Comment


                    • #11
                      The company policy is not a contract and is subject to change or being declared out of date and no longer effective. And they're not saying it won't be paid, just that it will be paid later.

                      Get over it - way too many people are unemployed these days and cannot find work of any kind. Pick your battles - this isn't a hill to die on.
                      I am not an attorney, and don't play one on TV. Any information given is a description only and should be verified by your attorney.

                      Comment


                      • #12
                        Originally posted by Alice Dodd View Post
                        The company policy is not a contract and is subject to change or being declared out of date and no longer effective. And they're not saying it won't be paid, just that it will be paid later.
                        Alice, a generalization that "The company policy is not a contract" is highly inaccurate as many times the terms of a company policy can be interpreted as contractual language. Further, there is always, at the very least, a contract to employee wages/compensation; an employment relationship could not exist otherwise. If the terms stipulating compensation are no longer in effect, as you suggest, then what contract is in effect? None? So the employee never agreed to holiday pay as a condition of employment? Your theory is highly illogical.

                        digit, your holiday pay would arguably have been earned on the date in which the holiday falls upon and therefore should have been paid on the same date that any other wages earned within that pay period were paid.


                        Originally posted by Alice Dodd View Post
                        Get over it - way too many people are unemployed these days and cannot find work of any kind. Pick your battles - this isn't a hill to die on.
                        I hear this all too often. It's a good thing that everyone doesn't take this approach! We'd all be working for practically nothing if nobody ever risked their jobs to stand up for something.
                        "The most patriotic people in America are the working class" - Cecil Roberts - President UMWA

                        Comment


                        • #13
                          I want to hear from the OP before I respond any further.
                          I don't respond to Private Messages unless the moderator specifically refers you to me for that purpose. Thank you.

                          Comment


                          • #14
                            Carson, since you're from the Bay Area, maybe you recognize Hastings College of the Law, my Alma Mater. I got an A in contracts, taught by the guy who wrote Corbin on Contracts, so you can stop patronizing me.

                            This isn't just contract law, it's labor law too. And before you tell people to stand up for their rights over little things, why don't you talk to some of my unemployed and homeless friends about what taking a stand can do. They're former real estate appraisers who, like me, stood up against the fraudulent mortgage brokers, banks and realittors when they wanted us to participate in their little schemes, and we got blacklisted and put out of work. NOW, years later, the FBI is interested in our evidence, but that doesn't help.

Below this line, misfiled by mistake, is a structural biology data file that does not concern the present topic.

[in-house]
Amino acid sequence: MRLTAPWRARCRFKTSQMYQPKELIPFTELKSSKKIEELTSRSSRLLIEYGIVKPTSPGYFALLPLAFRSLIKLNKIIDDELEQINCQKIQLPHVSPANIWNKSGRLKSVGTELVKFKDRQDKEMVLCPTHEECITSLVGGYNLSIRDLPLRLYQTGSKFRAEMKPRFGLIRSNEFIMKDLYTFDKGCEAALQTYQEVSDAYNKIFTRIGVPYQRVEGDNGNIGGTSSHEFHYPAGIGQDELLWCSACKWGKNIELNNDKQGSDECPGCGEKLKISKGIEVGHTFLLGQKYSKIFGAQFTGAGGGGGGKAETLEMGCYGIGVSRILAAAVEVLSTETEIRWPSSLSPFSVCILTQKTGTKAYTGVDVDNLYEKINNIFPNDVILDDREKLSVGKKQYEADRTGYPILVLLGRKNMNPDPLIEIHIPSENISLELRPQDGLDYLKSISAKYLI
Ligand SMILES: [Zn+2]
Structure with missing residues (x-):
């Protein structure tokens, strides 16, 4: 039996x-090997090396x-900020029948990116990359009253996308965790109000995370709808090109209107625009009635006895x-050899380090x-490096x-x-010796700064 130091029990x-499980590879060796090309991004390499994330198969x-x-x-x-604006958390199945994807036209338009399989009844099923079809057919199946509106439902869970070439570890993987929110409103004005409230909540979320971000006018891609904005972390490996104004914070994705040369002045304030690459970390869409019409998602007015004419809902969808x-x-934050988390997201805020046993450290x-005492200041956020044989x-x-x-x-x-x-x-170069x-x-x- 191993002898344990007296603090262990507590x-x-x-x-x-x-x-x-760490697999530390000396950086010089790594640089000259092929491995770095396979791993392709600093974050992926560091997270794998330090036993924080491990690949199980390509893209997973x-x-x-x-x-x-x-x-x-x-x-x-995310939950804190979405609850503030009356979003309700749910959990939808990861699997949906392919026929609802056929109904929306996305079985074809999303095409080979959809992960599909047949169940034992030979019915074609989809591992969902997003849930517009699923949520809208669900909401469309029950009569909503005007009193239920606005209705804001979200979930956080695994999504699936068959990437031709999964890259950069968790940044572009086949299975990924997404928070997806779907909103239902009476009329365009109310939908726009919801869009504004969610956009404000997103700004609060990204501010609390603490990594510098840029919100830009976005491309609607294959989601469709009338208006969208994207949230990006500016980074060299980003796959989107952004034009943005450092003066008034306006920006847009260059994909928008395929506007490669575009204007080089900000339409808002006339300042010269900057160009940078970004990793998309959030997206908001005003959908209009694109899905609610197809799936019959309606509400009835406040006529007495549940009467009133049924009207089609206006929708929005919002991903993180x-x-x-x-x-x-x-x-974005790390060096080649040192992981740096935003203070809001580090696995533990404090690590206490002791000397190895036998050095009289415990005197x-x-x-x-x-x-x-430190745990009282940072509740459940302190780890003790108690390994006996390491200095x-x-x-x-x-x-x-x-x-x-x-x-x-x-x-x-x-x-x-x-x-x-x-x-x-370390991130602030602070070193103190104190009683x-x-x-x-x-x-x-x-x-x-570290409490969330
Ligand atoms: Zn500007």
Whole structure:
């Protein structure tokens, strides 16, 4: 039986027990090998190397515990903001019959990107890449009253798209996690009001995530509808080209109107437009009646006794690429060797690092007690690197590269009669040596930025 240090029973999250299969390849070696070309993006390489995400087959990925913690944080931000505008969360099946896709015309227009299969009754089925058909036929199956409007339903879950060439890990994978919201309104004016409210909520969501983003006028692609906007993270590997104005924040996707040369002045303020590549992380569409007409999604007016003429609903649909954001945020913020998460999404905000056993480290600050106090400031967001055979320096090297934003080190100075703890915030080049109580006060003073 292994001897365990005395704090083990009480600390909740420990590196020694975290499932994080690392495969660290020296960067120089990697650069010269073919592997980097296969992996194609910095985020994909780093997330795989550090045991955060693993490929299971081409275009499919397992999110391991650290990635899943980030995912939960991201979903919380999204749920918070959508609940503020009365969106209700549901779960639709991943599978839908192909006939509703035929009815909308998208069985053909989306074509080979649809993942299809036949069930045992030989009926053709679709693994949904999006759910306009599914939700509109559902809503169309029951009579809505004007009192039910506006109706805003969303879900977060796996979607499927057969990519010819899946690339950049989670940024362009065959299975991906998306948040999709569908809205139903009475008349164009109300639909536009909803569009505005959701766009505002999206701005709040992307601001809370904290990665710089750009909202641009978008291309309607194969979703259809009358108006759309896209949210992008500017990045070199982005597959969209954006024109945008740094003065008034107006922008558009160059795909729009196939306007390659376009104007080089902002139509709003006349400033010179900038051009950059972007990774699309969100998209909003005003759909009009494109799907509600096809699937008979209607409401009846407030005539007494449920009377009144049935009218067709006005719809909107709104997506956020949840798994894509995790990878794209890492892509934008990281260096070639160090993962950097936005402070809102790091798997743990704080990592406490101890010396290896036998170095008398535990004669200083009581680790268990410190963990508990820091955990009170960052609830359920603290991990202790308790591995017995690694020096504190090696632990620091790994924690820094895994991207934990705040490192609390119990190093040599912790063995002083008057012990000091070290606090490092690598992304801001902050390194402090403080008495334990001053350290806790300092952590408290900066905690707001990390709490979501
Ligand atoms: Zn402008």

Then we'll talk about which hill the OP should die on.
                            I am not an attorney, and don't play one on TV. Any information given is a description only and should be verified by your attorney.

                            Comment


                            • #15
                              Originally posted by Alice Dodd View Post
                              Carson, since you're from the Bay Area, maybe you recognize Hastings College of the Law, my Alma Mater. I got an A in contracts, taught by the guy who wrote Corbin on Contracts, so you can stop patronizing me.

                              This isn't just contract law, it's labor law too. And before you tell people to stand up for their rights over little things, why don't you talk to some of my unemployed and homeless friends about what taking a stand can do. They're former real estate appraisers who, like me, stood up against the fraudulent mortgage brokers, banks and realittors when they wanted us to participate in their little schemes, and we got blacklisted and put out of work. NOW, years later, the FBI is interested in our evidence, but that doesn't help.

                              Then we'll talk about which hill the OP should die on.
                              Alice, listen I don't intend to argue endlessly on this. But I'm curious to know how labor law would preclude holiday from being part of a contract. You say you aced contracts law school; I think you should agree with then, when I say the terms of a contract with consideration cannot be modified once one party has performed. If I go into a restaurant tomorrow and order a meal out of the menu for $12.99, can I only pay them $10 and justify it by saying "menus aren't contracts"? The answer is an unequivocal "NO." Likewise, they can't demand I pay $15 dollars for it. $12.99 was the offer for the meal, I accepted it, and the consideration was them preparing the meal for me. If I'm wrong, please correct me! I'm gonna tell my landlord and lien holder on my car to go to hell, I'm not paying what I agreed to! J/K

                              Listen Alice, maybe I seem like a jerk; hell, maybe I am a jerk, but you yourself challenged me in a manner which appeared to be condescending, and I responded. You reap what you sow, so you needn't get upset with me. I don't want to make enemies with you, so I will end it here. Hope there is no hard feelings.
                              "The most patriotic people in America are the working class" - Cecil Roberts - President UMWA